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Wa Baile c. Suisse: A victory against racial profiling?


Staff member
Mar 20, 2024
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Mohamed Wa Baile, a Swiss citizen of Kenyan origin, was stopped by the municipal police in the Zurich train station when he was on his way to work. According to the police officer in charge, he stopped Mr Wa Baile because of his behaviour, which appeared suspicious to him as Mr Wa Baile looked away when he realised that he was a police officer. There were thus grounds to suspect him of an offence against the immigration law. Mr Wa Baile refused to produce an ID card, arguing that he was tired of being stopped because of the colour of his skin. His appeal against the fine for failing to comply with a police order was turned down by the criminal courts. Mr Wa Baile also initiated administrative proceedings, resulting in a decision of the cantonal administrative court finding that the identity check had not been justified under the cantonal police act. However, the court refused to rule on his discrimination claim.

On 20 February 2024, a 7-judge Chamber of the European Court of Human Rights (ECtHR) ruled in Wa Baile c. Suisse (available only in French) that the identity check of Mohamed Wa Baile amounted to racial profiling in violation of Article 14 (prohibition of discrimination) in conjunction with Article 8 (right to private life) of the ECHR. This marks the first time that the Court has found a substantive violation of Article 14 in an alleged case of racial profiling. The judgment, I will argue, has the potential to act as a catalyst for the implementation of measures against racial profiling throughout Europe.

Racial profiling in Europe

Around the early 2000s, it became apparent that racial profiling in law enforcement is a widespread, systemic problem – not just in the United States, where cases of racial profiling had already attracted attention earlier, but also in Europe. Since then, international and regional human rights bodies such as the UN Committee on the Elimination of Racial Discrimination (CERD), the UN Special Rapporteur on Racism, the UN Special Rapporteur on Countering Terrorism, the Office of the High Commissioner for Human Rights (OHCHR), the OSCE High Commissioner on National Minorities, and the European Commission against Racism and Intolerance (ECRI) have produced a plethora of recommendations and guidelines on preventing racial profiling in law enforcement.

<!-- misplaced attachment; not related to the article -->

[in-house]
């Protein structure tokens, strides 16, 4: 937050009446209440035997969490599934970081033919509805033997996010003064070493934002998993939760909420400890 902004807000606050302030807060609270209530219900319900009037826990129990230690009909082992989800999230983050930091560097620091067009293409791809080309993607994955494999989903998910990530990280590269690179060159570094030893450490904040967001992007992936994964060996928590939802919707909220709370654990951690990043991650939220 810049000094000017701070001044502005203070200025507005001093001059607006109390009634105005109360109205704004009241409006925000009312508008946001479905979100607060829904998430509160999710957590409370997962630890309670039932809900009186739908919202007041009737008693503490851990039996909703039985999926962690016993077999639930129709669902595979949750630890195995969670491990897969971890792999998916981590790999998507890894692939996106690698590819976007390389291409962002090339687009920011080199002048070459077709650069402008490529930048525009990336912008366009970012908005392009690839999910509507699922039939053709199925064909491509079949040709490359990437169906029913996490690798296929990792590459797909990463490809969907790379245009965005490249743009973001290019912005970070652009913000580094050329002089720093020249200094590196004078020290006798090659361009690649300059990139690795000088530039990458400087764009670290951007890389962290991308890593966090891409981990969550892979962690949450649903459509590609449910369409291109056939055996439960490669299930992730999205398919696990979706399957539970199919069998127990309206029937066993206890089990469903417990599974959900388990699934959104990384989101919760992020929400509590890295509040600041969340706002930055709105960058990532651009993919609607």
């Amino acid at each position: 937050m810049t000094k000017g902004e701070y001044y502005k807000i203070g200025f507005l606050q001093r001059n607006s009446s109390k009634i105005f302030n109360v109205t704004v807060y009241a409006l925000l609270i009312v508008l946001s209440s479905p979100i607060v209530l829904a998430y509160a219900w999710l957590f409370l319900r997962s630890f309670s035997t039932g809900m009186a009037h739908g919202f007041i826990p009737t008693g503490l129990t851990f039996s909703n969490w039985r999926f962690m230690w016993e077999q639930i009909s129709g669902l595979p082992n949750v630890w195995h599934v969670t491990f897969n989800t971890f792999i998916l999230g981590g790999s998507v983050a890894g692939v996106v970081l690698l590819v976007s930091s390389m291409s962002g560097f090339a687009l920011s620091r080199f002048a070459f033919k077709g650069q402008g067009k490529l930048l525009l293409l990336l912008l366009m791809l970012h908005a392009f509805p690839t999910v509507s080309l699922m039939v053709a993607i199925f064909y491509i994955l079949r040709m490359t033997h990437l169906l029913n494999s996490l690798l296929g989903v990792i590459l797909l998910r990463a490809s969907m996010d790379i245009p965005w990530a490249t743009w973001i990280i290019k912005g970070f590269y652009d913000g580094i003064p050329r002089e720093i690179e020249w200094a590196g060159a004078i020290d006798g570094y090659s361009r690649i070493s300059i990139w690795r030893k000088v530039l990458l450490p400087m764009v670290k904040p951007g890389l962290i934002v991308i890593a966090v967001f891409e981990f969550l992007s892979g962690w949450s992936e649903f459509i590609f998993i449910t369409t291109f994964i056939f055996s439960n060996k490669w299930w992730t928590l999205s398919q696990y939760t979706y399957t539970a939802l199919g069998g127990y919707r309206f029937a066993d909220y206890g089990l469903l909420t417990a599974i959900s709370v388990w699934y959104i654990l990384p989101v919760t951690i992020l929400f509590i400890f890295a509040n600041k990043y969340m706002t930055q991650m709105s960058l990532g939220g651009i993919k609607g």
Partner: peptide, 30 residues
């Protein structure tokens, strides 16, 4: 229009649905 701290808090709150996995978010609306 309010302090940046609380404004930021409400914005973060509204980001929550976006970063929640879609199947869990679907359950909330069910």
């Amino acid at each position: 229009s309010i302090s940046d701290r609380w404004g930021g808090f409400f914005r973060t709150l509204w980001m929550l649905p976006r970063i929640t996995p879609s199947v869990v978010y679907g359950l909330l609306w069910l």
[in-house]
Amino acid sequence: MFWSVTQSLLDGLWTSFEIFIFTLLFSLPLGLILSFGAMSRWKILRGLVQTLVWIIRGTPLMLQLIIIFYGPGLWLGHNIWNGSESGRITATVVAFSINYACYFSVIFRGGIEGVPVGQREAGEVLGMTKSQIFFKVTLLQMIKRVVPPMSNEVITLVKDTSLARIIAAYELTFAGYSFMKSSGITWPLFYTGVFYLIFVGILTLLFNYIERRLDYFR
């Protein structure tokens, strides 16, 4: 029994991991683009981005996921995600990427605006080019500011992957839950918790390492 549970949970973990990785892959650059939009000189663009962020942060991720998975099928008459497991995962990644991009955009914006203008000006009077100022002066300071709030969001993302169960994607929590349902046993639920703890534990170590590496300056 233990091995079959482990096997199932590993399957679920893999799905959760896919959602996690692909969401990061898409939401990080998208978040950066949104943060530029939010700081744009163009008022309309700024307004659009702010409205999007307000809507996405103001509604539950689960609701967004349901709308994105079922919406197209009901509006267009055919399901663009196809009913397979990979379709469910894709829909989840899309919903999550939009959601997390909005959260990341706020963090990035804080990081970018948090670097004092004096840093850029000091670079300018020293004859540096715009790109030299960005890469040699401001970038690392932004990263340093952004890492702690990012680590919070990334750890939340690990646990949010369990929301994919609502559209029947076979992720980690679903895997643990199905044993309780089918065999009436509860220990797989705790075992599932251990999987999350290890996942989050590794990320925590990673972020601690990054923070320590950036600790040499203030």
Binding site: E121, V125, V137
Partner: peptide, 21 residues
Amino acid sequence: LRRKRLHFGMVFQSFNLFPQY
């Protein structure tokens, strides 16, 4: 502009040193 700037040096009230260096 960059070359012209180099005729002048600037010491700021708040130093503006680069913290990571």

These recommendations typically first define what they mean by “racial profiling”. ECRI’s Policy Recommendation on Combating Racism and Racial Discrimination in Policing, for example, defines the term as “[t]he use by the police, with no objective and reasonable justification, of grounds such as race, colour, language, religion, nationality or national or ethnic origin in control, surveillance or investigation activities” (para. 1).

These documents then go on to set forth a range of measures that states should adopt to counter racial profiling. These measures include:

  • adoption of laws and policies that explicitly prohibit racial profiling;

  • establishment of independent complaints mechanisms to ensure effective investigations into alleged cases of racial profiling;

  • collection of data on law enforcement practices that is disaggregated by “race” and ethnicity;

  • recruitment strategies that promote a diverse workforce;

  • training of law enforcement officers.

However, most European states have done little to implement these recommendations. In 2019, the Council of Europe’s Commissioner for Human Rights stated that racial profiling remained widespread in Europe, despite growing awareness of the problem. Surveys conducted by the EU Fundamental Rights Agency in 2018, 2021, and 2023 confirmed this finding.